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(1841) Descent Into the Maelstrom- Edgar Allan Poe

(1841) Descent Into the Maelstrom- Edgar Allan Poe

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01/25/2013

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Descent Intothe Maelstrom
By Edgar Allan Poe
The ways of God in Nature, as in Providence, are not as our ways; nor are the models that weframe any way commensurate to the vastness, profundity, and unsearchableness of His works,
 
which have a depth in them greater than the well of Democritus.Joseph Glanville.WE had now reached the summit of the loftiest crag. For some minutes the old man seemed toomuch exhausted to speak."Not long ago," said he at length, "and I could have guided you on this route as well as theyoungest of my sons; but, about three years past, there happened to me an event such as neverhappened before to mortal man --or at least such as no man ever survived to tell of --and the sixhours of deadly terror which I then endured have broken me up body and soul. You suppose me avery old man --but I am not. It took less than a single day to change these hairs from a jetty blackto white, to weaken my limbs, and to unstring my nerves, so that I tremble at the least exertion,and am frightened at a shadow. Do you know I can scarcely look over this little cliff withoutgetting giddy?"The "little cliff," upon whose edge he had so carelessly thrown himself down to rest that theweightier portion of his body hung over it, while he was only kept from falling by the tenure ofhis elbow on its extreme and slippery edge --this "little cliff" arose, a sheer unobstructedprecipice of black shining rock, some fifteen or sixteen hundred feet from the world of cragsbeneath us. Nothing would have tempted me to within half a dozen yards of its brink. In truth sodeeply was I excited by the perilous position of my companion, that I fell at full length upon theground, clung to the shrubs around me, and dared not even glance upward at the sky --while Istruggled in vain to divest myself of the idea that the very foundations of the mountain were indanger from the fury of the winds. It was long before I could reason myself into sufficientcourage to sit up and look out into the distance."You must get over these fancies," said the guide, "for I have brought you here that you mighthave the best possible view of the scene of that event I mentioned --and to tell you the wholestory with the spot just under your eye.""We are now," he continued, in that particularizing manner which distinguished him --"we arenow close upon the Norwegian coast --in the sixty-eighth degree of latitude --in the greatprovince of Nordland --and in the dreary district of Lofoden. The mountain upon whose top wesit is Helseggen, the Cloudy. Now raise yourself up a little higher --hold on to the grass if youfeel giddy --so --and look out beyond the belt of vapor beneath us, into the sea."I looked dizzily, and beheld a wide expanse of ocean, whose waters wore so inky a hue as tobring at once to my mind the Nubian geographer's account of the Mare Tenebrarum. A panoramamore deplorably desolate no human imagination can conceive. To the right and left, as far as theeye could reach, there lay outstretched, like ramparts of the world, lines of horridly black andbeetling cliff, whose character of gloom was but the more forcibly illustrated by the surf whichreared high up against it its white and ghastly crest, howling and shrieking for ever. Just oppositethe promontory upon whose apex we were placed, and at a distance of some five or six miles outat sea, there was visible a small, bleak-looking island; or, more properly, its position wasdiscernible through the wilderness of surge in which it was enveloped. About two miles nearerthe land, arose another of smaller size, hideously craggy and barren, and encompassed at variousintervals by a cluster of dark rocks.The appearance of the ocean, in the space between the more distant island and the shore, hadsomething very unusual about it. Although, at the time, so strong a gale was blowing landwardthat a brig in the remote offing lay to under a double-reefed trysail, and constantly plunged herwhole hull out of sight, still there was here nothing like a regular swell, but only a short, quick,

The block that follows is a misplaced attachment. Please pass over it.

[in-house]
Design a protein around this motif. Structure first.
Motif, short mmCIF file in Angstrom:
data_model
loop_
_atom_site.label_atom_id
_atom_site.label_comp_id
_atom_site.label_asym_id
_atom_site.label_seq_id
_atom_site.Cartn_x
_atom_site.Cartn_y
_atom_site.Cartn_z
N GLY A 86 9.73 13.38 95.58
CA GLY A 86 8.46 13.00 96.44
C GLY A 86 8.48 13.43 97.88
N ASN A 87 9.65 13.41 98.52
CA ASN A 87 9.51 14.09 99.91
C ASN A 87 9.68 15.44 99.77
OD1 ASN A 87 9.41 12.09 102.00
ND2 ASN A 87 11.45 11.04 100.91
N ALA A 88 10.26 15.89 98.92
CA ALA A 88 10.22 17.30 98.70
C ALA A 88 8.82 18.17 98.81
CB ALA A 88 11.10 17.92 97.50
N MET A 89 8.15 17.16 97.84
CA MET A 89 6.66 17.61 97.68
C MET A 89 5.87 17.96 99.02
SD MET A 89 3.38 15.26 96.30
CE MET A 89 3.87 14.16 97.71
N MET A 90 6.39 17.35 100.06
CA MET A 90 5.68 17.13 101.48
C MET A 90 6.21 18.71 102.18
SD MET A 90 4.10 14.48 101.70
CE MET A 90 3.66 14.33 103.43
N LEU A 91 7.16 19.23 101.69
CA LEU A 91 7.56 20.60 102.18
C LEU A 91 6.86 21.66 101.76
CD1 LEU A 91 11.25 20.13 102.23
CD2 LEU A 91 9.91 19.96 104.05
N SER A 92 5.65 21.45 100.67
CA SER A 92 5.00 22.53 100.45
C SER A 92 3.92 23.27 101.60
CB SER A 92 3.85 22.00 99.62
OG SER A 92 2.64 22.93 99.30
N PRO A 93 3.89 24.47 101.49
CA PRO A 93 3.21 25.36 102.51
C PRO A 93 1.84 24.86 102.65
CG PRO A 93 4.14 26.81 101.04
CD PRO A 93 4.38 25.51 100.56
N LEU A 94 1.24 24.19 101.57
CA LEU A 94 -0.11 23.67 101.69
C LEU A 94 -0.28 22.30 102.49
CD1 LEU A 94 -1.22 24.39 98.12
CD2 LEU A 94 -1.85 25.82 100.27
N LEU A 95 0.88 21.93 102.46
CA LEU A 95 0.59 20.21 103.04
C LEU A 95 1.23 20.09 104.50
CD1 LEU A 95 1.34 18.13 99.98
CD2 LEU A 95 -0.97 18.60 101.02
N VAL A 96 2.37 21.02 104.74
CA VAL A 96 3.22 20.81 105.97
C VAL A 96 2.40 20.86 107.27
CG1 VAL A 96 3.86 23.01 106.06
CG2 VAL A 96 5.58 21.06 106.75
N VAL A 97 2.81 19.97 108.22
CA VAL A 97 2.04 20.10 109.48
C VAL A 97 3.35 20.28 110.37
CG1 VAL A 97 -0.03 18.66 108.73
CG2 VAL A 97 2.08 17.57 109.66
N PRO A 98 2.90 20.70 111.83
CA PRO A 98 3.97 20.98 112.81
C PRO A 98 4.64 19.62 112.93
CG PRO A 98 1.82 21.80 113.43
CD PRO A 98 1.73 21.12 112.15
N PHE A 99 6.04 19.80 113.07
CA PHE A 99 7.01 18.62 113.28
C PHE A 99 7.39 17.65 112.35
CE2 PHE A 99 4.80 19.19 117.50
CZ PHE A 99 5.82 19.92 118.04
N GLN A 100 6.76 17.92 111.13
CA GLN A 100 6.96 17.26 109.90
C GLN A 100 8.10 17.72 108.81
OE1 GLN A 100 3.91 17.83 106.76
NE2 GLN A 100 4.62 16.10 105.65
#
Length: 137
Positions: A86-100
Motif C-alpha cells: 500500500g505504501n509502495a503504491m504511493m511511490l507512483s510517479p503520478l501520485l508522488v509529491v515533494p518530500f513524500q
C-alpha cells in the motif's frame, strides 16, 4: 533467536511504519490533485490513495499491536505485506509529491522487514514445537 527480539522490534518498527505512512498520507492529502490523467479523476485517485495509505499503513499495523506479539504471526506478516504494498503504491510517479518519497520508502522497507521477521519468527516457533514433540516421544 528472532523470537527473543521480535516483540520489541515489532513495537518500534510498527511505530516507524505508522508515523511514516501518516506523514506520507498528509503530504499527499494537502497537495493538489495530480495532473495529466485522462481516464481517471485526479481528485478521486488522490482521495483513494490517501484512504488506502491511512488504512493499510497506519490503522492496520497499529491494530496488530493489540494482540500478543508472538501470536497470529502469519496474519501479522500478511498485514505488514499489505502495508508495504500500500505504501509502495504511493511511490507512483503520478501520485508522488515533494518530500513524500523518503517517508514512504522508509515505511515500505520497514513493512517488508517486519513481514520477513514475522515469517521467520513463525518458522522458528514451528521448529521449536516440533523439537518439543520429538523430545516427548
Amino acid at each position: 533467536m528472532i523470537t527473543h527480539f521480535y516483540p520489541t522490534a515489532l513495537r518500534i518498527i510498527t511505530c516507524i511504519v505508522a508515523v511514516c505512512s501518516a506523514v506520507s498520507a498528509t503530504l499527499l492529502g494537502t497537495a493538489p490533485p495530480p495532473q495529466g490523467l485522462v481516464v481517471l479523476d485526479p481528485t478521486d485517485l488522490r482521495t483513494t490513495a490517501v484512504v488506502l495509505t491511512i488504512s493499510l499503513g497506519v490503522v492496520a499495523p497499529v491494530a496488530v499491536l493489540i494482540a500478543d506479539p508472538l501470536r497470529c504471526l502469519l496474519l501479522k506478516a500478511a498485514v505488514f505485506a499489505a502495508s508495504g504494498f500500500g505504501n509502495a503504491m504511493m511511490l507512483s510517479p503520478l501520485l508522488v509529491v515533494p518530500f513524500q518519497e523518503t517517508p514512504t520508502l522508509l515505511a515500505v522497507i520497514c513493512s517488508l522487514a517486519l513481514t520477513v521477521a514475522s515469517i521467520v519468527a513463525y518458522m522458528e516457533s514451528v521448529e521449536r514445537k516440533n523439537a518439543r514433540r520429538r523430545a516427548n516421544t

angry cross dashing of water in every direction --as well in the teeth of the wind as otherwise. Offoam there was little except in the immediate vicinity of the rocks."The island in the distance," resumed the old man, "is called by the Norwegians Vurrgh. The onemidway is Moskoe. That a mile to the northward is Ambaaren. Yonder are Iflesen, Hoeyholm,Kieldholm, Suarven, and Buckholm. Farther off --between Moskoe and Vurrgh --are Otterholm,Flimen, Sandflesen, and Skarholm. These are the true names of the places --but why it has beenthought necessary to name them at all, is more than either you or I can understand. Do you hearany thing? Do you see any change in the water?"We had now been about ten minutes upon the top of Helseggen, to which we had ascended fromthe interior of Lofoden, so that we had caught no glimpse of the sea until it had burst upon usfrom the summit. As the old man spoke, I became aware of a loud and gradually increasingsound, like the moaning of a vast herd of buffaloes upon an American prairie; and at the samemoment I perceived that what seamen term the chopping character of the ocean beneath us, wasrapidly changing into a current which set to the eastward. Even while I gazed, this currentacquired a monstrous velocity. Each moment added to its speed --to its headlong impetuosity. Infive minutes the whole sea, as far as Vurrgh, was lashed into ungovernable fury; but it wasbetween Moskoe and the coast that the main uproar held its sway. Here the vast bed of thewaters, seamed and scarred into a thousand conflicting channels, burst suddenly into phrensiedconvulsion --heaving, boiling, hissing --gyrating in gigantic and innumerable vortices, and allwhirling and plunging on to the eastward with a rapidity which water never elsewhere assumesexcept in precipitous descents.In a few minutes more, there came over the scene another radical alteration. The general surfacegrew somewhat more smooth, and the whirlpools, one by one, disappeared, while prodigiousstreaks of foam became apparent where none had been seen before. These streaks, at length,spreading out to a great distance, and entering into combination, took unto themselves thegyratory motion of the subsided vortices, and seemed to form the germ of another more vast.Suddenly --very suddenly --this assumed a distinct and definite existence, in a circle of morethan half a mile in diameter. The edge of the whirl was represented by a broad belt of gleamingspray; but no particle of this slipped into the mouth of the terrific funnel, whose interior, as far asthe eye could fathom it, was a smooth, shining, and jet-black wall of water, inclined to thehorizon at an angle of some forty-five degrees, speeding dizzily round and round with a swayingand sweltering motion, and sending forth to the winds an appalling voice, half shriek, half roar,such as not even the mighty cataract of Niagara ever lifts up in its agony to Heaven.The mountain trembled to its very base, and the rock rocked. I threw myself upon my face, andclung to the scant herbage in an excess of nervous agitation."This," said I at length, to the old man --"this can be nothing else than the great whirlpool of theMaelstrom.""So it is sometimes termed," said he. "We Norwegians call it the Moskoe-strom, from the islandof Moskoe in the midway."The ordinary accounts of this vortex had by no means prepared me for what I saw. That of JonasRamus, which is perhaps the most circumstantial of any, cannot impart the faintest conceptioneither of the magnificence, or of the horror of the scene --or of the wild bewildering sense of thenovel which confounds the beholder. I am not sure from what point of view the writer in questionsurveyed it, nor at what time; but it could neither have been from the summit of Helseggen, norduring a storm. There are some passages of his description, nevertheless, which may be quoted